Safety for workers in the café was a major concern of Crossroads management as they worked with senate on a plan to offer the extended hours. Sophomore Class Representatives Lansen Leu and Patrick Sudlow, who introduced the resolution, worked closely with Anderson and Bon Appétit General Manager Holly Winslow to ensure that Crossroads workers had a way to get home safely and installed swipe access outside of the Parina Lounge handicapped door so that all students could get into the café during its extended hours when all of the other outer doors to the University Center are locked.

Despite issues with safety and student conduct during the late night hours, the new schedule has received positive feedback from students, particularly those who live on campus and have Flexi.

Freshman Mike Needham, who said he usually gets hungry after 11:30 p.m. when Crossroads would normally close, has been to the café several times since it started offering extended hours of service. “Friday night is when I would usually go to Mel’s or order food and it is nice to be able to charge food on my Flexi instead,” he said.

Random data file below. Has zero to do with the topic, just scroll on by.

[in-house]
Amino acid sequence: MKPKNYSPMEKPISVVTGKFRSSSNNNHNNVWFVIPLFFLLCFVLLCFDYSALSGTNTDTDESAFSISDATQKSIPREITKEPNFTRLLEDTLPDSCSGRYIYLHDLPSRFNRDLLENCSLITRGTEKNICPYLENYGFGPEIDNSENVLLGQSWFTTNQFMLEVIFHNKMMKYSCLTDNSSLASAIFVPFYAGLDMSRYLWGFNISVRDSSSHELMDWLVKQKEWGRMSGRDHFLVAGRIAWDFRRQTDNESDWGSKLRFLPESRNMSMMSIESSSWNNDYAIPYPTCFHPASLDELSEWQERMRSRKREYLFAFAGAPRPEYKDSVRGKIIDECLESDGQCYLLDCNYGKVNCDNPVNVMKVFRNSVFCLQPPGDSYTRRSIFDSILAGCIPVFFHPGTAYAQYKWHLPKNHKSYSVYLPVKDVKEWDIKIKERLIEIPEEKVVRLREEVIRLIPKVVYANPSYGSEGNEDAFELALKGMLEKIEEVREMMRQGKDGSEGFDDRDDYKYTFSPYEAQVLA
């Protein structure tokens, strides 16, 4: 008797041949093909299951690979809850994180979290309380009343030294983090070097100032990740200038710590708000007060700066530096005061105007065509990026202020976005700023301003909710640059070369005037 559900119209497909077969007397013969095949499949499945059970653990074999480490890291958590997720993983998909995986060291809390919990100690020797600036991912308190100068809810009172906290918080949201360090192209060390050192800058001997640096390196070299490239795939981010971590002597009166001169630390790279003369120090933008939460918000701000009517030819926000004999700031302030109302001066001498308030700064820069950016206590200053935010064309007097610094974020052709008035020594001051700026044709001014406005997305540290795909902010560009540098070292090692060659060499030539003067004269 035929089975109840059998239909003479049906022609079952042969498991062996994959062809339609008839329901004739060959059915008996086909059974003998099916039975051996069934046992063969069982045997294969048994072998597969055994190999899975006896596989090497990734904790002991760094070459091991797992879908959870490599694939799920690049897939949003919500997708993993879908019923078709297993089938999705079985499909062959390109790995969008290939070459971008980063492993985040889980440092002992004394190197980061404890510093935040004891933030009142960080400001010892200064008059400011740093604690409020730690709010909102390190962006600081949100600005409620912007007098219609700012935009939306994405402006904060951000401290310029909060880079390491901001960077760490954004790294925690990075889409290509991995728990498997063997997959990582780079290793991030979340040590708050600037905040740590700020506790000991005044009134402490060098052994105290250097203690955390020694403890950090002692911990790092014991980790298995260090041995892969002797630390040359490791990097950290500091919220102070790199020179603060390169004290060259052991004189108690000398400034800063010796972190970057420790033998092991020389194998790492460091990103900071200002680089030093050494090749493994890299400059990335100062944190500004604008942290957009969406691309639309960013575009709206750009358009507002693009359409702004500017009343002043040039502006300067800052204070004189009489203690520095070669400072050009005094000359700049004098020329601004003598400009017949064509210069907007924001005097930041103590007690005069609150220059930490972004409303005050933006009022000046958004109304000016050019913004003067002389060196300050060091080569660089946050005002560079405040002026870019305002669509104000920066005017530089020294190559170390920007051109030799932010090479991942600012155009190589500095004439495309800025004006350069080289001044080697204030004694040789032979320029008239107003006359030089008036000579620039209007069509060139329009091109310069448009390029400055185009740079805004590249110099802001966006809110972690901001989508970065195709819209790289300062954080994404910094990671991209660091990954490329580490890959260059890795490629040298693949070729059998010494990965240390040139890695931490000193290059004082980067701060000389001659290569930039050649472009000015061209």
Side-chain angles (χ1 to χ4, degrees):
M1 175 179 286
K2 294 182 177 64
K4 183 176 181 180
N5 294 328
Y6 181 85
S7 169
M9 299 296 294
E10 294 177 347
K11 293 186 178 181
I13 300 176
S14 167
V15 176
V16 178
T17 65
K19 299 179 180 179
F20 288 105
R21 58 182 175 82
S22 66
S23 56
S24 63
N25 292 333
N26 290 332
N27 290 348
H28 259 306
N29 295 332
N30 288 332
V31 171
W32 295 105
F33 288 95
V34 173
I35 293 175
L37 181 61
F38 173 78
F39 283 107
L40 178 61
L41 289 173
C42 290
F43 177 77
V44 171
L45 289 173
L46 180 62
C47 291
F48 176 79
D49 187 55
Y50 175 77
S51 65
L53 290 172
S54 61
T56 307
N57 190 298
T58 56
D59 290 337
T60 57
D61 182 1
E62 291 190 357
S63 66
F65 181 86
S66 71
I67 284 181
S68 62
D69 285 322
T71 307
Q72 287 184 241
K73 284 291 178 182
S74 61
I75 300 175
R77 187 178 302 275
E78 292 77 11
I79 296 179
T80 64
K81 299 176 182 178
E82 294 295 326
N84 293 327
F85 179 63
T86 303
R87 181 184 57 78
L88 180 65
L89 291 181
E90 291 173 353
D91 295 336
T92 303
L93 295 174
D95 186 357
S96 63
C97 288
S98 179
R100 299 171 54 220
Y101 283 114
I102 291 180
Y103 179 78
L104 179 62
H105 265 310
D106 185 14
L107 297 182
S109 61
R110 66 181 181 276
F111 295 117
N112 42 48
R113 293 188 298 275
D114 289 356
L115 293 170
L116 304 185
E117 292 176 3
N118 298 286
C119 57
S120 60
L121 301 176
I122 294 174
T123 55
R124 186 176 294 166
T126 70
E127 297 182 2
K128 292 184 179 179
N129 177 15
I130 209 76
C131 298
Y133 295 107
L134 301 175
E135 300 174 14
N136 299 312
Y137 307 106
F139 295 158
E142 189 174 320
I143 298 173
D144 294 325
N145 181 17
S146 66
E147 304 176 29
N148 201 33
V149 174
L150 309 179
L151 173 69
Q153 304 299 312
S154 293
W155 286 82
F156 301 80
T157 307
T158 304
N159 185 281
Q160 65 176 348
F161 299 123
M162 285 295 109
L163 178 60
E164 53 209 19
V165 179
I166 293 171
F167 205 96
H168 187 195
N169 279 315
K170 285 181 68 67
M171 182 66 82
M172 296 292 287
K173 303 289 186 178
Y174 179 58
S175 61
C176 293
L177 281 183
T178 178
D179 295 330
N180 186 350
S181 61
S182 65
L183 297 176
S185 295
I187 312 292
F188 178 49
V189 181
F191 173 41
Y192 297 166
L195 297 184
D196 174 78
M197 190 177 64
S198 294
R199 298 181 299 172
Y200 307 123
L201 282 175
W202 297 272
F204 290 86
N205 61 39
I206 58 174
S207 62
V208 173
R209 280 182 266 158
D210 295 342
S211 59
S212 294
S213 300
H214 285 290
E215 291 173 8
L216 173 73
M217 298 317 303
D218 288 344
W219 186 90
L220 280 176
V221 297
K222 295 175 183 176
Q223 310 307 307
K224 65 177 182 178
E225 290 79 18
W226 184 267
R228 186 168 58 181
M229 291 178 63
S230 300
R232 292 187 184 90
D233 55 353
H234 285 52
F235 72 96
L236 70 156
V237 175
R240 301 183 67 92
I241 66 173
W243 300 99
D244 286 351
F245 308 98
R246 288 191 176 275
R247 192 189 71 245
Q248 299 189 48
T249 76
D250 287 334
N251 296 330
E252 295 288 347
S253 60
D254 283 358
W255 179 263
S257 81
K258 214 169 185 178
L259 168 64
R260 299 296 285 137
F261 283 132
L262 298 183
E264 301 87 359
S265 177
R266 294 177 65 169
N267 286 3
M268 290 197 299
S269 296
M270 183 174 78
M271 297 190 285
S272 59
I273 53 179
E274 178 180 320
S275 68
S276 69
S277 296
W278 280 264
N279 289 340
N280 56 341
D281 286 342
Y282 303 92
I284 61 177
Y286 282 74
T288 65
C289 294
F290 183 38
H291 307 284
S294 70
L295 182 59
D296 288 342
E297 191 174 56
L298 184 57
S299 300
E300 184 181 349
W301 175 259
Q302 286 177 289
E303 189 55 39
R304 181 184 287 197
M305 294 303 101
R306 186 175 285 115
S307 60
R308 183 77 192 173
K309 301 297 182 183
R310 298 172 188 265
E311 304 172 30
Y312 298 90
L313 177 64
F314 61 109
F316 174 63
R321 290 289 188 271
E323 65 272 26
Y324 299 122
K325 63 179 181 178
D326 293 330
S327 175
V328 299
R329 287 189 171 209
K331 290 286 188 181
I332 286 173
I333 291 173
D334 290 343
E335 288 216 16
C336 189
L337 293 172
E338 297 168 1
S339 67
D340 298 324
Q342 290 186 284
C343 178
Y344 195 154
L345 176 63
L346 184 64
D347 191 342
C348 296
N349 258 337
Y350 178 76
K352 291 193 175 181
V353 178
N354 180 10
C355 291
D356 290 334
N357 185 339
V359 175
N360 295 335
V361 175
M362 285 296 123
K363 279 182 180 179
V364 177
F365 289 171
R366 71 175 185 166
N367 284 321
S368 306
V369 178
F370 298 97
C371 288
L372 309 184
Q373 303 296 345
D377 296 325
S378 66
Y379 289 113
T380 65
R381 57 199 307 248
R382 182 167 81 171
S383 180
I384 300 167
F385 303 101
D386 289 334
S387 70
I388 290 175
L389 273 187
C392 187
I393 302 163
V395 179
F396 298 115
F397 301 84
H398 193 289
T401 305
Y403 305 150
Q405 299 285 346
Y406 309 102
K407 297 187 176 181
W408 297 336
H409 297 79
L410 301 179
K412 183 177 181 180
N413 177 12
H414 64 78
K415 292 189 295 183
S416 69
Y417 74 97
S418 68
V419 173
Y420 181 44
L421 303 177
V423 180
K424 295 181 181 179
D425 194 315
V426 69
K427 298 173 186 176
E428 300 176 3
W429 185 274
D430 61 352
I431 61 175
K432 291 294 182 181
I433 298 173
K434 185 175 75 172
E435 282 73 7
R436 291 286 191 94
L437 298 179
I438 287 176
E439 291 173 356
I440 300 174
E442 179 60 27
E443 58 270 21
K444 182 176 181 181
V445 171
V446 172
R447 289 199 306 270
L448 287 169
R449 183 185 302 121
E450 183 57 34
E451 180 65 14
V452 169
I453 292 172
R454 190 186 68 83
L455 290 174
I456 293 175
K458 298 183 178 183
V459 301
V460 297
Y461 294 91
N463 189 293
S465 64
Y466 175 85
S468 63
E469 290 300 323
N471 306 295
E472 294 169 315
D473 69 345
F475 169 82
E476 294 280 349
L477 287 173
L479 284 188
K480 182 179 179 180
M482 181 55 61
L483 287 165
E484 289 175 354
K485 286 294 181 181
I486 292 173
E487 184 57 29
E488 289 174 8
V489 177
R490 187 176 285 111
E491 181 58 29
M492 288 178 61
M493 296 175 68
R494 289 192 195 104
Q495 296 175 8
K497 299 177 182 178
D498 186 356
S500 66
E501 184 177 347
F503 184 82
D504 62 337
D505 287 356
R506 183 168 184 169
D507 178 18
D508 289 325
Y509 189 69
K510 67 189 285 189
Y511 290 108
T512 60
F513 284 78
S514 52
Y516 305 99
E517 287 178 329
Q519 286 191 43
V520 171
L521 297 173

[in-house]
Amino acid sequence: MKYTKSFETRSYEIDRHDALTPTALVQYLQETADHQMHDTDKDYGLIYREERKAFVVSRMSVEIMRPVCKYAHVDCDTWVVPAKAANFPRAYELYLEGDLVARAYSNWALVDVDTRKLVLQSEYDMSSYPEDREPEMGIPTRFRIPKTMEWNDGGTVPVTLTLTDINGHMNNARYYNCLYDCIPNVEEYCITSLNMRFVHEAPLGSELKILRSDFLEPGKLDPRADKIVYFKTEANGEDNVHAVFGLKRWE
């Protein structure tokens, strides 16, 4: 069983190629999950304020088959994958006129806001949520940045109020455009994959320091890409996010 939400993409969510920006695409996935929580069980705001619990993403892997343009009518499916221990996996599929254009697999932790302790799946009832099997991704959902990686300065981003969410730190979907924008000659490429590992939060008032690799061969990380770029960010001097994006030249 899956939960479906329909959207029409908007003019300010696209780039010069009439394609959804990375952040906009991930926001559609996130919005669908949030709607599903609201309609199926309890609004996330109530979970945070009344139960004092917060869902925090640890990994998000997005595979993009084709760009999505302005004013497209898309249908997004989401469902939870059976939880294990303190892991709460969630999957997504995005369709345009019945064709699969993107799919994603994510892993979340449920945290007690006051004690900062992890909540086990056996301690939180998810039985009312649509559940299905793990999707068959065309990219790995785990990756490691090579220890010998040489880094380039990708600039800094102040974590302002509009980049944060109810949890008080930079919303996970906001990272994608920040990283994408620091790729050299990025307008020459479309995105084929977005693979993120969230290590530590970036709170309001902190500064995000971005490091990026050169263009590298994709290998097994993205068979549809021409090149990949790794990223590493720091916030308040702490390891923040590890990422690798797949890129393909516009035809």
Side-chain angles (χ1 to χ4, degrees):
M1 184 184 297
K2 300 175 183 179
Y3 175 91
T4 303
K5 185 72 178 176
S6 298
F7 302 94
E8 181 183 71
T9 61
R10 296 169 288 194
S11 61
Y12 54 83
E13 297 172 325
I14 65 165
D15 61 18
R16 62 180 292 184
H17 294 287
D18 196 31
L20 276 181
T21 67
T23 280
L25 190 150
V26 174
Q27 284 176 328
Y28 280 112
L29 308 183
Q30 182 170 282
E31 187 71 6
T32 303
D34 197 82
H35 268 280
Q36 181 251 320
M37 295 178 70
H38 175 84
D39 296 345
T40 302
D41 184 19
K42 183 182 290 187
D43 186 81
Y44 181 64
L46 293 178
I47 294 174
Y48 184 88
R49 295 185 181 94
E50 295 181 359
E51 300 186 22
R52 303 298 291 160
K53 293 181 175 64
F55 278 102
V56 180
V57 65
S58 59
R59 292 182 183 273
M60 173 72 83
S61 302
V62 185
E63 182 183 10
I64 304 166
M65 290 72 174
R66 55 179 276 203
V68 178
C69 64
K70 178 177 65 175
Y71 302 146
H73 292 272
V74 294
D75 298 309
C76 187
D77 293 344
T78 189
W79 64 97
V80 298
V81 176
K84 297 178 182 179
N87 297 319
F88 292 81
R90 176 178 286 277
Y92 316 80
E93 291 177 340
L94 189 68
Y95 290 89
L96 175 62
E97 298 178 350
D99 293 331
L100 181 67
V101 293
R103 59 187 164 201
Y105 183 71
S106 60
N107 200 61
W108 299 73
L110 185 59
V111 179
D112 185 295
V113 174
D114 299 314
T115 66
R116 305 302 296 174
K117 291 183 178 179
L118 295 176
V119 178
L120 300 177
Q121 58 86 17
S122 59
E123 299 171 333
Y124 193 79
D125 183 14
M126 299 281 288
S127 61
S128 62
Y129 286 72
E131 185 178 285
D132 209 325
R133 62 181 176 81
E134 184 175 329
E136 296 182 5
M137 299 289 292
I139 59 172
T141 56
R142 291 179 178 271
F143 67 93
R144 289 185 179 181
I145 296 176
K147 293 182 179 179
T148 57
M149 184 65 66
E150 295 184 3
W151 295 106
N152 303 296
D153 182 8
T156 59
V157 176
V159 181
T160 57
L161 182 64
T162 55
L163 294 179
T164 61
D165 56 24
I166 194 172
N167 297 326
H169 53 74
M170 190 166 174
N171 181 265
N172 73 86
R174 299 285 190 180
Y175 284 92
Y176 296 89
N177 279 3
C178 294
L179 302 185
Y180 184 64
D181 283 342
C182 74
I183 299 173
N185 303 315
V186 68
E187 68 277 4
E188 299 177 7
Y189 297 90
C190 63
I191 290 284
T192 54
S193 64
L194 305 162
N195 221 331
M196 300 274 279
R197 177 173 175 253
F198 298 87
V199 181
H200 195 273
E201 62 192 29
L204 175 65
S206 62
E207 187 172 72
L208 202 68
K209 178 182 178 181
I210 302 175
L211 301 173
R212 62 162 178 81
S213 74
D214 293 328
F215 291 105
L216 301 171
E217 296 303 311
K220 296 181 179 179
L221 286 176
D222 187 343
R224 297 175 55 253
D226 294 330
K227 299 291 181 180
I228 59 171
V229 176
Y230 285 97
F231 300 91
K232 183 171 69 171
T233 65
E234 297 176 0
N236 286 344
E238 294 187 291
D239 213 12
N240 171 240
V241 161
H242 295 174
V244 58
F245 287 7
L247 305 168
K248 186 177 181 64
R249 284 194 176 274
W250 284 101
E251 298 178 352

Leu is happy that he was able to work to fill what he saw as a serious void on the USF campus by offering late night dining. “We just wanted to fill that demand from students who can use their Flexi to pay for food,” he said. However, he is concerned that some intoxicated students may be ruining the experience for others. “If people want it they should be respectful of the space,” he said.

Whatever the outcome of the trial period, Anderson said she doubts the extended hours will continue next year because Bon Appétit plans to convert Jamba Juice into a 24-hour café where students can get a wide variety of food.

Crossroads’ extended hours trial period is set to end the week before final exams start.